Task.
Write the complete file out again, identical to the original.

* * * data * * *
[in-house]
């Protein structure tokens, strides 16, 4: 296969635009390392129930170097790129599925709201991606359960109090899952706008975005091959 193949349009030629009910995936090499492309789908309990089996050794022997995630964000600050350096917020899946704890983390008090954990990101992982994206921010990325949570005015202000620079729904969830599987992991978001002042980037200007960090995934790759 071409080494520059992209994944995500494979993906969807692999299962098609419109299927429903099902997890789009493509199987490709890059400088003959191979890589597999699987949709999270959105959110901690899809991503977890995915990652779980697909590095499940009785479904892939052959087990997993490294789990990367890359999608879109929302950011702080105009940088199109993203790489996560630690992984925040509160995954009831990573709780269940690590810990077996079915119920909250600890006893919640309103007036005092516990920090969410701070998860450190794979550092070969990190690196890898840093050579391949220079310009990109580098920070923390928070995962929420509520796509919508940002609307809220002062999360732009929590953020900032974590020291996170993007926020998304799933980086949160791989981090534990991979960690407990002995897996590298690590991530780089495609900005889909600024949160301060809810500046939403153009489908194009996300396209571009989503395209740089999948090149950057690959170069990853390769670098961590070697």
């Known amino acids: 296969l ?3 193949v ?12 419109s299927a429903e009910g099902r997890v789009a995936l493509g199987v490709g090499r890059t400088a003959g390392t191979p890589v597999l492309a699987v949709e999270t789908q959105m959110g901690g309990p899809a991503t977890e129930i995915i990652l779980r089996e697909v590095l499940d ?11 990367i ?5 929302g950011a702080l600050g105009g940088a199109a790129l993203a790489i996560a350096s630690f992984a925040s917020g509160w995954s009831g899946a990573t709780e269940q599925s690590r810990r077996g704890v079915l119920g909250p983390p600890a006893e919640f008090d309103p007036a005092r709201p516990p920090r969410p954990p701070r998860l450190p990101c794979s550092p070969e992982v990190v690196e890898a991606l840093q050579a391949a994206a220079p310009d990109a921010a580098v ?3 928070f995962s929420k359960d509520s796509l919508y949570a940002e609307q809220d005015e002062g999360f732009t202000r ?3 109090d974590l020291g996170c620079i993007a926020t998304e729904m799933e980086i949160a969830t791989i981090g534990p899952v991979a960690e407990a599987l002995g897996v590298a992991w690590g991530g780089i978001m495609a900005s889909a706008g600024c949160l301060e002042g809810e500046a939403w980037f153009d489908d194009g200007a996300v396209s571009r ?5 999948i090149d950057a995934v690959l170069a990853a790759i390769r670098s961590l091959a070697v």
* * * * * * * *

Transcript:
[in-house]
């Protein structure tokens, strides 16, 4: 296969635009390392129930170097790129599925709201991606359960109090899952706008975005091959 193949349009030629009910995936090499492309789908309990089996050794022997995630964000600050350096917020899946704890983390008090954990990101992982994206921010990325949570005015202000620079729904969830599987992991978001002042980037200007960090995934790759 071409080494520059992209994944995500494979993906969807692999299962098609419109299927429903099902997890789009493509199987490709890059400088003959191979890589597999699987949709999270959105959110901690899809991503977890995915990652779980697909590095499940009785479904892939052959087990997993490294789990990367890359999608879109929302950011702080105009940088199109993203790489996560630690992984925040509160995954009831990573709780269940690590810990077996079915119920909250600890006893919640309103007036005092516990920090969410701070998860450190794979550092070969990190690196890898840093050579391949220079310009990109580098920070923390928070995962929420509520796509919508940002609307809220002062999360732009929590953020900032974590020291996170993007926020998304799933980086949160791989981090534990991979960690407990002995897996590298690590991530780089495609900005889909600024949160301060809810500046939403153009489908194009996300396209571009989503395209740089999948090149950057690959170069990853390769670098961590070697």
């Known amino acids: 296969l ?3 193949v ?12 419109s299927a429903e009910g099902r997890v789009a995936l493509g199987v490709g090499r890059t400088a003959g390392t191979p890589v597999l492309a699987v949709e999270t789908q959105m959110g901690g309990p899809a991503t977890e129930i995915i990652l779980r089996e697909v590095l499940d ?11 990367i ?5 929302g950011a702080l600050g105009g940088a199109a790129l993203a790489i996560a350096s630690f992984a925040s917020g509160w995954s009831g899946a990573t709780e269940q599925s690590r810990r077996g704890v079915l119920g909250p983390p600890a006893e919640f008090d309103p007036a005092r709201p516990p920090r969410p954990p701070r998860l450190p990101c794979s550092p070969e992982v990190v690196e890898a991606l840093q050579a391949a994206a220079p310009d990109a921010a580098v ?3 928070f995962s929420k359960d509520s796509l919508y949570a940002e609307q809220d005015e002062g999360f732009t202000r ?3 109090d974590l020291g996170c620079i993007a926020t998304e729904m799933e980086i949160a969830t791989i981090g534990p899952v991979a960690e407990a599987l002995g897996v590298a992991w690590g991530g780089i978001m495609a900005s889909a706008g600024c949160l301060e002042g809810e500046a939403w980037f153009d489908d194009g200007a996300v396209s571009r ?5 999948i090149d950057a995934v690959l170069a990853a790759i390769r670098s961590l091959a070697v």